Walnut Orb-weaver

Nuctenea umbratica

Walnut Orb-weaver (Nuctenea umbratica)

This was probably the very first digital photograph I had ever taken of a spider which I took back in 2005 when I bought my first digital camera, hence the drop in quality. But this delightfully named spider is such an interesting one I wanted to add it to my blog.

This is a dark coloured spider, where the males and females are quite similar. Both sexes maybe be slightly darker in colour, or so dark that the lighter margins maybe indistinguishable or be reduced to a series of pale dots. Body length up to 14mm.

Walnut Orb-weaver (Nuctenea umbratica)

This spider may bite humans, causing skin irritation which can be quite painful resulting in burning and itching sensations, redness and white lumps. It is a nocturnal hunter, and spins its web just before dark to catch moths and other nocturnal insects.

Walnut Orb-weaver (Nuctenea umbratica)

Females are seen all year round, where as the males are seen in the summer. Found in woods and gardens, hiding under the bark of trees, especially rotten stumps or logs. They can also be found resting on fence posts and gates. It is common and widespread throughout Britain, although not frequently seen.

Photographs of Walnut Orb-weaver (Nuctenea umbratica), taken June 2005 , rear garden, Staffordshire. © Pete Hillman 2005. Camera used Sony Cyber-shot DSC-W1.

Missing-sector Orb Weaver

Zygiella x-notata

Missing-sector Orb Weaver (Zygiella x-notata)

The males and females of the species are very similar, but the males being smaller in dimensions. They have slightly elongated, more flattened abdomens compared to other members of the genus. It has a dark, broad median longitudinal band on the prosoma (the fused head and thorax region, also called the cephalothorax), on a lighter yellowish-brown ground colour. The dorsal surface of the abdomen is covered in a broad band with indented edges (the folium), white-edged with a darker interior and a lighter median line. Body length up to 7mm.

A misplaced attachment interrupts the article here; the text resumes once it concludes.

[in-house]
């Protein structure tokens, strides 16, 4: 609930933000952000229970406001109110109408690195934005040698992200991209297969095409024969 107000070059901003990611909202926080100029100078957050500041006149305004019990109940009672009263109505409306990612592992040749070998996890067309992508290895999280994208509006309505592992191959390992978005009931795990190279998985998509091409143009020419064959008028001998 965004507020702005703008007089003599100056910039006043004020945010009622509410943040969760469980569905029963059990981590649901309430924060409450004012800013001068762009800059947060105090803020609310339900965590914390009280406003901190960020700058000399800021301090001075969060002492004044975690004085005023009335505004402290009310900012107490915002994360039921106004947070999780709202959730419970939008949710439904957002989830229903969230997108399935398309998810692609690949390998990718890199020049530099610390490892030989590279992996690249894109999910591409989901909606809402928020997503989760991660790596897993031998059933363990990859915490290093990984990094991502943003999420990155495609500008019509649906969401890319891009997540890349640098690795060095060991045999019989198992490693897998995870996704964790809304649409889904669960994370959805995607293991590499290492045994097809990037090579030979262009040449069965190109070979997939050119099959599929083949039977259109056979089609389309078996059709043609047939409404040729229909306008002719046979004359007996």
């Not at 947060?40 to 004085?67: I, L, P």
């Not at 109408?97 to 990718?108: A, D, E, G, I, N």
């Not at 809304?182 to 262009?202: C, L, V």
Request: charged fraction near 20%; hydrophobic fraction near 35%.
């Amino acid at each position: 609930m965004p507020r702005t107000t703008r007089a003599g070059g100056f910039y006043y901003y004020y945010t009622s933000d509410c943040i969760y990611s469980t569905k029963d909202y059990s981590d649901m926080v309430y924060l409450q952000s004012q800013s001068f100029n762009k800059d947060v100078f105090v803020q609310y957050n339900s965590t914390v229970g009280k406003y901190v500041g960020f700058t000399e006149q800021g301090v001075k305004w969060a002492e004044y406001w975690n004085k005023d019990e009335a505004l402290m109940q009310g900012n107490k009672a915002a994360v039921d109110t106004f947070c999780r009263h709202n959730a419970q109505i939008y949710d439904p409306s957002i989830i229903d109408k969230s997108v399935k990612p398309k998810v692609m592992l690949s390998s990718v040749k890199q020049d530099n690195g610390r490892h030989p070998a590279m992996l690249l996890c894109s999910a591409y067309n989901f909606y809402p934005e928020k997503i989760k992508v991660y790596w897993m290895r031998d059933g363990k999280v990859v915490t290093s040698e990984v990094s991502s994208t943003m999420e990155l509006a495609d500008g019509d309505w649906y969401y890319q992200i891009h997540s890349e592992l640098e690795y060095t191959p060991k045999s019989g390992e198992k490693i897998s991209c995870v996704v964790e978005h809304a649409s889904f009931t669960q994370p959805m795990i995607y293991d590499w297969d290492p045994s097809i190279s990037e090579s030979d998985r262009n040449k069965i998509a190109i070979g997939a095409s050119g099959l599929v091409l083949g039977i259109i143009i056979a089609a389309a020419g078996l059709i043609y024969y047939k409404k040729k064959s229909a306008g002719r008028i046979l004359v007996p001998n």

Missing-sector Orb Weaver (Zygiella x-notata)

Missing-sector spiders have an unfinished-looking vertical circular web design which makes it appear damaged in someway. There is indeed a missing sector, a ‘large V’ shape opening. The missing sector seems an odd evolutionary design whereby the webs capture area is reduced, but this space accommodates the signal thread which helps to alert the spider which is concealed in a corner when prey are snared. They feed on flies and other small flying insects caught in its web.

Missing-sector Orb Weaver (Zygiella x-notata)

The adults are seen from July to around October, whilst the spiderlings emerge in early spring. It is commonly found in urban areas, around buildings in gardens. A common and widespread species, but sparser further north, especially in Scotland.

Of note, Clerck named the species x-notata due to his observations of the astronomical sign of Pisces seen on the spider’s upper forepart of the abdomen, an ‘X’ shape.

Photographs of Missing-sector Orb Weaver (Zygiella x-notata) taken March 2014 and July 2015, rear garden, Staffordshire. © Pete Hillman 2014 and 2015. Camera used Nikon D3200, with Sigma 105mm macro lens.

Spinning Around

Garden Spider (Araneus diadematus)

I came across this Garden Spider (Araneus diadematus) busy spinning a new web in my garden.

Garden Spider (Araneus diadematus)

Photograph of Garden Spider (Araneus diadematus), taken August 2016, rear garden , Staffordshire. © Pete Hillman 2016. Camera used Nikon D7200, with Sigma 105mm macro lens.

Suspended

Photograph of Garden Spider (Araneus diadematus), taken August 2016, rear garden , Staffordshire. © Pete Hillman 2016. Camera used Nikon D3200, with Sigma 105mm macro lens with softbox flash diffuser.

Cucumber Green Spider

Araniella cucurbitina

The female has a creamy coloured cephalothorax with a bright green abdomen and yellow stripes. The smaller male also has a bright green and yellow striped abdomen, but has an orangish cephalothorax with two brown curving stripes. Both sexes have a distinctive red spot at the end of their abdomen. There are several species similar to this, especially Araniella opisthographa, which is virtually indistinguishable except through genitalia examination. Body length females 4-6mm, males 3.5-4mm.

It feeds on flying insects caught in its web.

Seen summer to autumn, and found on low vegetation, bushes and trees in various habitats, including woodland edges, hedgerows and gardens. Common and widespread throughout.

Photographs taken May 2015, on climbing rose in rear garden, Staffordshire.